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J&B rep/former retailer Walquist killed in break-in

Published December 30, 2013

SAN JUAN, PUERTO RICO (BRAIN) – Brett Walquist, a longtime Midwest rep for J&B Importers and a former retailer, was stabbed to death by an intruder early Monday while vacationing with family in the beach town of Rincon, Puerto Rico. He was 41.

The assailant broke into the Arena y Mar Apartments through a sliding glass door in the middle of the night, The Associated Press reported, and Walquist apparently walked in on him in the kitchen and was stabbed at least three times. Walquist was on vacation with his wife, son, daughter and father, family and friends told BRAIN.

“There was a break-in. He either heard some commotion or got up to get a drink and was confronted in the kitchen. (The attacker) went through Brett to get out,” said Walquist’s brother, Brian, who now operates the 56-year-old family-owned shop, Alger Bikes in Grand Rapids, Michigan, where Brett started out in the industry.

After coming up in the family business, Brett went to work as a rep at J&B in 2001, covering a territory spanning Columbus, Ohio, to Evansville, Indiana. That territory was recently expanded to additionally include West Virginia, said Ashley Richardson, general manager at J&B’s Midwest location in Fort Wayne, Indiana.

“Because he’d kind of grown up in the business, he was naturally suited to walking into a bike shop and selling product to them and building that relationship,” said Brian Walquist.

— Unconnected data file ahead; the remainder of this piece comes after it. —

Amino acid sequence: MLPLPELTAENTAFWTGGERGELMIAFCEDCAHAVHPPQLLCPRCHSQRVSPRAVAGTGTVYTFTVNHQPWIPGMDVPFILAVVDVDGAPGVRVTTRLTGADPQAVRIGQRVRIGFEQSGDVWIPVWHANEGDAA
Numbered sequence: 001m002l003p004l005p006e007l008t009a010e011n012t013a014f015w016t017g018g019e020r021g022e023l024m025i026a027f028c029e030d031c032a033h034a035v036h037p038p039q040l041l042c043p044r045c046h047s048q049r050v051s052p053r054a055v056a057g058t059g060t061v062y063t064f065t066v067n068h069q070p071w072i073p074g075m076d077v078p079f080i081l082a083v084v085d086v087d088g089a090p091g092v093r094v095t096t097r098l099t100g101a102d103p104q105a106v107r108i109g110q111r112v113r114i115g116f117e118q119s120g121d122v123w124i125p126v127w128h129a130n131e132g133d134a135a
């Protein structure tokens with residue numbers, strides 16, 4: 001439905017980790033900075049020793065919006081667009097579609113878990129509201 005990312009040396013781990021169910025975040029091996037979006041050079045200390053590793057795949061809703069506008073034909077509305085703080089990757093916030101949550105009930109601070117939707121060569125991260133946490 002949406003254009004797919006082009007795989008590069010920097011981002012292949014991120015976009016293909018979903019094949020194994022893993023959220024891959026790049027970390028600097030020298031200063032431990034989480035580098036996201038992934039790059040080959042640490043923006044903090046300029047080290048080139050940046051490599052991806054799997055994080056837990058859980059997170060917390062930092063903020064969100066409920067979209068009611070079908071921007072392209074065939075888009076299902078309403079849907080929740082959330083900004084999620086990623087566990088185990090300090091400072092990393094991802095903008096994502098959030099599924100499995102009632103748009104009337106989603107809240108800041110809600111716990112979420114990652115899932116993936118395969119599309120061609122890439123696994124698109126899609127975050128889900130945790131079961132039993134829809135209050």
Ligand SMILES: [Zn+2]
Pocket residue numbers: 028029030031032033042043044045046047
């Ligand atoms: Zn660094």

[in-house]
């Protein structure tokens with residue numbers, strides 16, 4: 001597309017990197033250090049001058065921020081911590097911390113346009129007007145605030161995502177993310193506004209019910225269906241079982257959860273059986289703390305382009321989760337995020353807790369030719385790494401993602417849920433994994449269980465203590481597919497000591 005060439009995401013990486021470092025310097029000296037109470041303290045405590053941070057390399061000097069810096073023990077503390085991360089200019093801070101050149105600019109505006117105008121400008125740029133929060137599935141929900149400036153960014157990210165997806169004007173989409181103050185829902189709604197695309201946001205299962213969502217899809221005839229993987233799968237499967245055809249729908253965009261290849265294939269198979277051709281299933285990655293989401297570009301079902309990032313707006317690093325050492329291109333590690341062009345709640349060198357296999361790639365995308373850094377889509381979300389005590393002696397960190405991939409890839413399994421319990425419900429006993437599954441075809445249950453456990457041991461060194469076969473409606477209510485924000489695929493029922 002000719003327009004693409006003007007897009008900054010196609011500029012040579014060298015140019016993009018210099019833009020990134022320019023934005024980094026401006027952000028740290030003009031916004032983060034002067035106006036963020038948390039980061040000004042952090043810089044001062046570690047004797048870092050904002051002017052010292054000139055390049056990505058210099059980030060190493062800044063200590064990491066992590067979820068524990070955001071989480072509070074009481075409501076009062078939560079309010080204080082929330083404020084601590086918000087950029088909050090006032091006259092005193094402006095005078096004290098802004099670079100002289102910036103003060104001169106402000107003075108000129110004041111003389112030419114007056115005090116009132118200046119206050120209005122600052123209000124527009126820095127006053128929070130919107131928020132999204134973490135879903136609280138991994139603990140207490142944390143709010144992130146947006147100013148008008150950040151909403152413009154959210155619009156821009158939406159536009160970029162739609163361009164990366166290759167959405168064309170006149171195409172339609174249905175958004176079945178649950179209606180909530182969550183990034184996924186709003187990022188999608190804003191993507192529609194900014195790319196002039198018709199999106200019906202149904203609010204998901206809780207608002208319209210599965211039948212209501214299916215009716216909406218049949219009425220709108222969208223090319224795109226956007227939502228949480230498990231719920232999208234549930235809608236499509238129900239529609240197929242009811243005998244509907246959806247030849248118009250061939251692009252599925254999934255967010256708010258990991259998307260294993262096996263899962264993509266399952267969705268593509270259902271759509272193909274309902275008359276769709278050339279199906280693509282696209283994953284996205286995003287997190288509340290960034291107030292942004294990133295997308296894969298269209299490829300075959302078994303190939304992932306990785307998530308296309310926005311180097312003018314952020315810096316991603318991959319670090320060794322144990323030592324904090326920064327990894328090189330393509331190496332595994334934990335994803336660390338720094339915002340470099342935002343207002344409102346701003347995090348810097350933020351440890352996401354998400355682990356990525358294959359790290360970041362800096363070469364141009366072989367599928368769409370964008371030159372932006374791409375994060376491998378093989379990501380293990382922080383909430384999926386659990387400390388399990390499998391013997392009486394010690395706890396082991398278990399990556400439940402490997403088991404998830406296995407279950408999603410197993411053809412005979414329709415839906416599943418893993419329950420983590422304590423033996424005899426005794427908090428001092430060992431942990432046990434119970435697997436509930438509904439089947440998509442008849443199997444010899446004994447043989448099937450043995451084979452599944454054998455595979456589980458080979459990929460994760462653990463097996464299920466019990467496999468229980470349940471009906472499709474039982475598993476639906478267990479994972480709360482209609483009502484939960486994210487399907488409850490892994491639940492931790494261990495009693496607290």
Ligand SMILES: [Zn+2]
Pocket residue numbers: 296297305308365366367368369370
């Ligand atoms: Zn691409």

Richardson described Brett as a “pounding the ground” sales rep who loved working on the road and meeting different personalities in the industry, including their families.

“I’ve taken road trips with him all over his territories. We were good friends on top of him working under my direction,” Richardson said. “He approached life with a dry sense of humor. Right now if he were standing here he’d say, ‘Well, now there’s a job opening.’ ” 

Scott Dunwoody, owner of retailer DG Bicycles in Indianapolis, Indiana, first met Walquist early in his repping career in 2001 at Bike Wave, the Indianapolis shop Dunwoody managed at the time. When Dunwoody later purchased the competing shop that would become DG Bicycles, “Brett was the first rep I called. He was there the next morning,” he said. 

“We’d go out and have a beer and dinner every time he came through. Brett was a good friend. He didn’t have much of a filter if he knew you, so he and I would go back and forth with some pretty raunchy stuff,” Dunwoody recalled.

Reached at his shop Monday afternoon, Dunwoody was reeling from the news of his friend’s death earlier that day. “I just talked to him Friday. I had a joke for him I had to tell and I called him out of the blue, completely forgetting that he was on vacation,” he said.

In addition to his brother, Brian, Walquist is survived by his wife, Gerry; a 10-year-old son; a 13-year-old daughter; a sister, Brandi; and his father, Carl. 

Brett Walquist

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